Pennsylvania dealer Kelly Kinzle has rolled out a real showstopper, a limited-edition 1930 Commodore Roadster by Italian luxury car manufacturer Isotta Fraschini, which Kinzle compared to Rolls-Royce of England, its main competitor at the time. “It really takes the air out of the room,” he beamed, explaining that the car could reach 100 miles per hour, quite a feat in its day. Kinzle said his asking price is $1.45 million for this exemplary automobile, which features a Lalique hood ornament.
Medieval enthusiasts will want to stop in at Daniel Crouch‘s booth, where a volvelle astronomical calendar takes pride of place among rare books and antique maps. Crouch said it’s the only such calendar to have survived from the Middle Ages, hanging for over three centuries in the cloister of the San Zeno Abbey in Verona, Italy, where it would have been seen by all the monks several times every day. Crouch explained that the object has been dated to approximately 1455 using its own time-tracking rotational mechanisms—which, he noted, puts it within a year of the printing of the Gutenberg Bible. The stellar provenance befits its $1.5 million asking price.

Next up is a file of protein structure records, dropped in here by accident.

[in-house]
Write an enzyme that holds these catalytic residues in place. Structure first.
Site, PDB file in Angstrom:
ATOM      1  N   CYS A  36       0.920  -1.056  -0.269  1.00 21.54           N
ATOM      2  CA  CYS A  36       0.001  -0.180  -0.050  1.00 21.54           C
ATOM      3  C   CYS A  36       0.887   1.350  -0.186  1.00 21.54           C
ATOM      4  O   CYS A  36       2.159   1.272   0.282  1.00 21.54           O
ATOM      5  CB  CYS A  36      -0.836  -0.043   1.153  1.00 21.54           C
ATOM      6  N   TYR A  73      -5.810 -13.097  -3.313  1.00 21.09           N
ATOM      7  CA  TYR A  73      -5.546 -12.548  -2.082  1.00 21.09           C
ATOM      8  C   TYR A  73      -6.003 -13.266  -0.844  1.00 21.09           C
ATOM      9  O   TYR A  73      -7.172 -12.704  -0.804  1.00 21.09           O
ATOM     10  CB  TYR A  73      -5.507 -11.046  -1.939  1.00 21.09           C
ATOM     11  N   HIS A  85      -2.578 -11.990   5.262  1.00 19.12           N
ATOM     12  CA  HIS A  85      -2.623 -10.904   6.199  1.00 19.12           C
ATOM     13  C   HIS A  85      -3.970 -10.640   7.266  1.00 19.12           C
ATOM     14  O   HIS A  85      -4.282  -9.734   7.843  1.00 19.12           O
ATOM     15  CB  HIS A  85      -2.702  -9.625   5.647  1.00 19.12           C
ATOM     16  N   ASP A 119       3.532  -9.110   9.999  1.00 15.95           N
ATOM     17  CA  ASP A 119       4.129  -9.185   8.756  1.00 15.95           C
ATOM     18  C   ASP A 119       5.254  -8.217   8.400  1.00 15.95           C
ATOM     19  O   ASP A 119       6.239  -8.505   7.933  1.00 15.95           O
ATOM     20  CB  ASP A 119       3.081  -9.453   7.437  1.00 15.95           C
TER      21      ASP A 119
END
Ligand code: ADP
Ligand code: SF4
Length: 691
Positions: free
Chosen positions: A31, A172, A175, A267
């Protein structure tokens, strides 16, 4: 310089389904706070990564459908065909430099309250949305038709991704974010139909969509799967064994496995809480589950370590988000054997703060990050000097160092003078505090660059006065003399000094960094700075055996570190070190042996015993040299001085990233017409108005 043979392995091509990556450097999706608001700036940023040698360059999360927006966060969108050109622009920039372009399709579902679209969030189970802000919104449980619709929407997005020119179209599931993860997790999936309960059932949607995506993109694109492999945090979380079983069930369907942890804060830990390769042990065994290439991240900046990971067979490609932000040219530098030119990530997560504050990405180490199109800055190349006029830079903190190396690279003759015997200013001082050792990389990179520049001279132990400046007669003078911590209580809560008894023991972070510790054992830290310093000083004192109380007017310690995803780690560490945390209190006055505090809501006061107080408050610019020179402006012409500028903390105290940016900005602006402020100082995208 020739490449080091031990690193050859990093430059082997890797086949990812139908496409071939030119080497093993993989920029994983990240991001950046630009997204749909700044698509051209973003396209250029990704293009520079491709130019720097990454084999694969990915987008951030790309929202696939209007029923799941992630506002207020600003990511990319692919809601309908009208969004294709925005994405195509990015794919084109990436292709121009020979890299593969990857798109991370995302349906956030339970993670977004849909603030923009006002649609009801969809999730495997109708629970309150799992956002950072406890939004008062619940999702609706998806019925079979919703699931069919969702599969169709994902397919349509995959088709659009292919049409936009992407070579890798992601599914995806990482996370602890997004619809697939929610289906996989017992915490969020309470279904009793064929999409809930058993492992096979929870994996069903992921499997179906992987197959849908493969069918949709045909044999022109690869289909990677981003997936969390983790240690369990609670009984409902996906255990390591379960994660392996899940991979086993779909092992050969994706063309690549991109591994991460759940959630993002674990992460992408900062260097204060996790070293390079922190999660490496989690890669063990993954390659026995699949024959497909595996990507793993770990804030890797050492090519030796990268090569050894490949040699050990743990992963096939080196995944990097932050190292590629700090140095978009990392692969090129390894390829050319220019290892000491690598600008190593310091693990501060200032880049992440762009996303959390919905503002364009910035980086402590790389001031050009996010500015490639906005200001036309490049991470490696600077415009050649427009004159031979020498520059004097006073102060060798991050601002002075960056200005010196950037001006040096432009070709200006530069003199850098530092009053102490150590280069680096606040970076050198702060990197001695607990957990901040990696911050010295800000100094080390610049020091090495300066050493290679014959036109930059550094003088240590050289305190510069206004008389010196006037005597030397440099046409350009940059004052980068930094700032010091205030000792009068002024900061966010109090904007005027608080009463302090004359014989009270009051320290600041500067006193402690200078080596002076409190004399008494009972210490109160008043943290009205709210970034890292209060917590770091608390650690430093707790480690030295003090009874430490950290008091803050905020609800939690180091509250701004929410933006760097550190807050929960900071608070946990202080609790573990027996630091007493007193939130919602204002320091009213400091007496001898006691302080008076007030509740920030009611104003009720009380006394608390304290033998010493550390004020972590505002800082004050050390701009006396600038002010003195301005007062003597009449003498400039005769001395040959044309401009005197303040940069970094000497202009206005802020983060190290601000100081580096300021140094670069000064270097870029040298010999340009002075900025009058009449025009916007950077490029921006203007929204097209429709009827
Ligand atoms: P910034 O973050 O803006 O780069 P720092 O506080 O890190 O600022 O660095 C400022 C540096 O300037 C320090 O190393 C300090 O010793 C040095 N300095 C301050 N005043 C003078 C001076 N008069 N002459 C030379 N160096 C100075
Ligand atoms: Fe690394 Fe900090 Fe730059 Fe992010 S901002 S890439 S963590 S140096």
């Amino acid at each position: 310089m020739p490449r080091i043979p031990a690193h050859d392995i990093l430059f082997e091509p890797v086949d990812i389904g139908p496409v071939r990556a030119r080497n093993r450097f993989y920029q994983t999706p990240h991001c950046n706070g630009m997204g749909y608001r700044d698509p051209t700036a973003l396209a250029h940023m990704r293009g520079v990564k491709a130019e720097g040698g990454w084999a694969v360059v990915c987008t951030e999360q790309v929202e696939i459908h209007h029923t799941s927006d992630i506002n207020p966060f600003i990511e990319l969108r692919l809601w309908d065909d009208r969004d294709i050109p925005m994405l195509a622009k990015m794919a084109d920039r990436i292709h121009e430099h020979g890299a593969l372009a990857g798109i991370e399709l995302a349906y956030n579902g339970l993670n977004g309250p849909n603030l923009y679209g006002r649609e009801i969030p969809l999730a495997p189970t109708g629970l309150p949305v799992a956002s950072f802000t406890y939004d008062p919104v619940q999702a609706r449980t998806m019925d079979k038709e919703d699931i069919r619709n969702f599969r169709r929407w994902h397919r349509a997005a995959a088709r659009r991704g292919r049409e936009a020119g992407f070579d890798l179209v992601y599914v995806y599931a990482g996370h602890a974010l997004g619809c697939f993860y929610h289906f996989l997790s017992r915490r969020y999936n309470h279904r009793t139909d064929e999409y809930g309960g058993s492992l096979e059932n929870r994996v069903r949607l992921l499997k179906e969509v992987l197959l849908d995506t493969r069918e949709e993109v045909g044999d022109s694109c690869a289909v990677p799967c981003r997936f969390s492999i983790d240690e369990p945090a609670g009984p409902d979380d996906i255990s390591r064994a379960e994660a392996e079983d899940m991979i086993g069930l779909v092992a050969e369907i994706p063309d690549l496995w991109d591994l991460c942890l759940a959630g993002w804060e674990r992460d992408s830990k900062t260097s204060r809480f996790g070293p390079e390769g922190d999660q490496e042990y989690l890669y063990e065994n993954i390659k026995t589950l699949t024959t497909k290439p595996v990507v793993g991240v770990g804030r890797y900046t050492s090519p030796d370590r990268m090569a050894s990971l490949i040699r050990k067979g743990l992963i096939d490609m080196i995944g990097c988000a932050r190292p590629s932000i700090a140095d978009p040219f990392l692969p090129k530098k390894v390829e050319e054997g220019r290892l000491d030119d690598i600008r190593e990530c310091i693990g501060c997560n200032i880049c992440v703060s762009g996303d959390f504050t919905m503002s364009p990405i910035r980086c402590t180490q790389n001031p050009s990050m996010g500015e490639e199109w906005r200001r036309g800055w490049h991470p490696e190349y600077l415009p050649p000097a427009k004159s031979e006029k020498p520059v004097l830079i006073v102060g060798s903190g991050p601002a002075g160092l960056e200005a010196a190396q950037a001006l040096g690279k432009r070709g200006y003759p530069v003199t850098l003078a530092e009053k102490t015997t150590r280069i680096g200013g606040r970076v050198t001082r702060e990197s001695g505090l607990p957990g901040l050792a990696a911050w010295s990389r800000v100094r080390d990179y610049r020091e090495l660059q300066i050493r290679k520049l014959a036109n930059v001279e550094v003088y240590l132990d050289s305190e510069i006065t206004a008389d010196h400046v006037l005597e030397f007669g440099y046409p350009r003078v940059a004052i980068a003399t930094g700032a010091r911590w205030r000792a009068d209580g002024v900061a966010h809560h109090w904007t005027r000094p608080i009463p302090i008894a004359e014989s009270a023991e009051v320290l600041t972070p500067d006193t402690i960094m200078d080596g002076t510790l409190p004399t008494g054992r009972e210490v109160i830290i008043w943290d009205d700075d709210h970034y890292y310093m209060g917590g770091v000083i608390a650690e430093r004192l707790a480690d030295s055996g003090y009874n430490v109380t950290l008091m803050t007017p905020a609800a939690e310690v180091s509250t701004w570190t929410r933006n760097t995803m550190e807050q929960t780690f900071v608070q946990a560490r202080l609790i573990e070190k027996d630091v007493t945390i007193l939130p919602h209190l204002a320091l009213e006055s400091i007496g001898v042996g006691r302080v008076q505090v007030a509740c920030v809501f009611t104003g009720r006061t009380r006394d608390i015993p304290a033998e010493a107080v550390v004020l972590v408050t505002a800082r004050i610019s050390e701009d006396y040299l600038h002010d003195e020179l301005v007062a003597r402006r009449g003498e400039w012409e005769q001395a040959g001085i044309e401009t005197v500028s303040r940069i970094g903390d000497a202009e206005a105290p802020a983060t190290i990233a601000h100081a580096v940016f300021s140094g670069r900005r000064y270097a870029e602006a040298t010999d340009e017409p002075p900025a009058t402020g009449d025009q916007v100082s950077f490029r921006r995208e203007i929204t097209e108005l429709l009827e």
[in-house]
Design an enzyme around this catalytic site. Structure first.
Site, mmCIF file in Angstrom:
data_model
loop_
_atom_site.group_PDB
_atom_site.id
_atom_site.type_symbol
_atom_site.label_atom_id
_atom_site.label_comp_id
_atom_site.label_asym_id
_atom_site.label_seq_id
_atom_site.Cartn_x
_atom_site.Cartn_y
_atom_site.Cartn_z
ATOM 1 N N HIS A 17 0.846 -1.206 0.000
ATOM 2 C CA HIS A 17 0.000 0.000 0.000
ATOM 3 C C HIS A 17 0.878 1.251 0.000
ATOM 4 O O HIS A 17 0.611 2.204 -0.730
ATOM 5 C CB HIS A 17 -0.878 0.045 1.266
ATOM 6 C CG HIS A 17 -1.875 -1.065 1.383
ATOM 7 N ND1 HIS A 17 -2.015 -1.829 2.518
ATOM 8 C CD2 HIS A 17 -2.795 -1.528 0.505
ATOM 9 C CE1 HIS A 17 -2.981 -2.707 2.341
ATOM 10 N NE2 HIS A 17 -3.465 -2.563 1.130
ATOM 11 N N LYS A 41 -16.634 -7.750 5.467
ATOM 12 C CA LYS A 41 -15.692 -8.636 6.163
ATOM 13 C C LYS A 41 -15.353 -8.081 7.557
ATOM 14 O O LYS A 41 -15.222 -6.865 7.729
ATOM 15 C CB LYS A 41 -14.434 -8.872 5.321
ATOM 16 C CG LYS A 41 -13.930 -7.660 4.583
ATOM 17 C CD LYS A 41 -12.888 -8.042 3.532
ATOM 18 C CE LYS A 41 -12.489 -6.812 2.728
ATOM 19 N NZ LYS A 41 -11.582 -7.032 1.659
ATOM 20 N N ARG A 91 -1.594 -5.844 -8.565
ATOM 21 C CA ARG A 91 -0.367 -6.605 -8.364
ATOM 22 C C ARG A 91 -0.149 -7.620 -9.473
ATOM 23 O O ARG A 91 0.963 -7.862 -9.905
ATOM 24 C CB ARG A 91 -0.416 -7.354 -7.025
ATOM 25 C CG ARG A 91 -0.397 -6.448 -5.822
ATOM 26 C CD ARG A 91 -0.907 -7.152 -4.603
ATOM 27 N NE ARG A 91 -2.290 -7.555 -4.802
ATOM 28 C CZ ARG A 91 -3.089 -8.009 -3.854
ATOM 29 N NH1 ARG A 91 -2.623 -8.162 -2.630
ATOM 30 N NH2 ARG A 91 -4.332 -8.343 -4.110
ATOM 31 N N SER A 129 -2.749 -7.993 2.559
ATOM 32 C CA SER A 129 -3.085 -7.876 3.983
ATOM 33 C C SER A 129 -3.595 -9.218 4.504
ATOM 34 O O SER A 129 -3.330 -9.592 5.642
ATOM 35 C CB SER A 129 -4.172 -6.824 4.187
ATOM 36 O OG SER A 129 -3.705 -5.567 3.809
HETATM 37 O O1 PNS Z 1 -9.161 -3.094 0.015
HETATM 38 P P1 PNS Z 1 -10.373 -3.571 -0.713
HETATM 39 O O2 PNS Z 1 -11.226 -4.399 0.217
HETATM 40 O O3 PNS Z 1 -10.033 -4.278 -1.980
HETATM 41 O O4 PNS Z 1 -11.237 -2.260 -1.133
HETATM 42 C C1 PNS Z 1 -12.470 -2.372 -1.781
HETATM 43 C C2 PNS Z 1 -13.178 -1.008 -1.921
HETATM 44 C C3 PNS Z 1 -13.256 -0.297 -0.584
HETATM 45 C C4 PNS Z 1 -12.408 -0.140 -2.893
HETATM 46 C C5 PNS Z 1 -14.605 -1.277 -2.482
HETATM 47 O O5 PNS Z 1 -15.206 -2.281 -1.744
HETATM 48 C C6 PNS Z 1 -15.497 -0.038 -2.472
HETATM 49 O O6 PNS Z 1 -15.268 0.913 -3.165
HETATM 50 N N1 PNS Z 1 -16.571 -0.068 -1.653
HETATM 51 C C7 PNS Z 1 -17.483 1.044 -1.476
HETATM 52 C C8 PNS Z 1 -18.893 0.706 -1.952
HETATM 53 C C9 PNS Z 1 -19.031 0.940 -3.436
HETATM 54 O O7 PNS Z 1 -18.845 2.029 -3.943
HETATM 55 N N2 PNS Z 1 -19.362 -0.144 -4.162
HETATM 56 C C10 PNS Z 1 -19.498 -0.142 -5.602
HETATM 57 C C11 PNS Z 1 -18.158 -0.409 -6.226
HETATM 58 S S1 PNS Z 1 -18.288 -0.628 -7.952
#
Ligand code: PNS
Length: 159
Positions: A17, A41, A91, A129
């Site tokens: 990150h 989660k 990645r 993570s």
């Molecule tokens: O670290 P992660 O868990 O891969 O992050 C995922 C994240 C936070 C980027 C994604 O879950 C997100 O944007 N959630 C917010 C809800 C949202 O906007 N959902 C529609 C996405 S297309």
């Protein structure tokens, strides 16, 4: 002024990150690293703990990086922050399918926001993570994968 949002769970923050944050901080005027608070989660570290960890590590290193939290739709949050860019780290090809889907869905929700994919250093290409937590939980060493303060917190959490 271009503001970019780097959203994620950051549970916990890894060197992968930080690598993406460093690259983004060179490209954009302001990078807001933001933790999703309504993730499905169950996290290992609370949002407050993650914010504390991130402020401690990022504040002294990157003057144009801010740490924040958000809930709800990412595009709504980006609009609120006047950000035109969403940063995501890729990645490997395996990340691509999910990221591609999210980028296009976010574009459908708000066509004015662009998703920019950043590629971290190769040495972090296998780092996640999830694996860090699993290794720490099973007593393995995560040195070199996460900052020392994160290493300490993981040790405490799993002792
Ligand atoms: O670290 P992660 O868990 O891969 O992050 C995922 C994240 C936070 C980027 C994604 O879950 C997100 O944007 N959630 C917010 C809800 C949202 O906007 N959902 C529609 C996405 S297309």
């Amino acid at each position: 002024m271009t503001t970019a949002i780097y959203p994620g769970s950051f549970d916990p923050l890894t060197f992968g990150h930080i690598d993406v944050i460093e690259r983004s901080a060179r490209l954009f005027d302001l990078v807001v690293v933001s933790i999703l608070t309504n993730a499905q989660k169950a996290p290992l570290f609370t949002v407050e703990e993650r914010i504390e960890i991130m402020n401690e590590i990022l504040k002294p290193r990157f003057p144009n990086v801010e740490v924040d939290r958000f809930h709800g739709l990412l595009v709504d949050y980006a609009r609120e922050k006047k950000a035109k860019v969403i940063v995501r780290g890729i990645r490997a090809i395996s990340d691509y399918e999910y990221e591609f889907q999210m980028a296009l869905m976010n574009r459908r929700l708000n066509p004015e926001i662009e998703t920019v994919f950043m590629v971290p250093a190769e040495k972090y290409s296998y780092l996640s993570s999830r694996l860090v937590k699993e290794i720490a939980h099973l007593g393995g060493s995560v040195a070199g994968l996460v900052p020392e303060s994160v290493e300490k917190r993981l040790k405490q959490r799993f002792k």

One must-see presentation is not for sale: The Museum of Chinese in America (MOCA) is showcasing treasures from two of its costume collections—the exquisite hand-tailored of Aileen Pei (stepmother of architect I.M. Pei) and the intricate opera gowns of the Chinese Musical and Theatrical Association, which promoted and preserved opera in New York’s Chinatown primarily in the 1920s and ‘30s, the golden age of Cantonese opera in the United States.
In addition to wowing visitors with its worldly wares, the Winter Show serves another purpose: to support the East Side House Settlement, a community-based organization benefiting the children, families, and community of the Bronx and northern Manhattan. The fair will put all ticket sale proceeds toward this cause, which it has done since the its founding in the 1950s.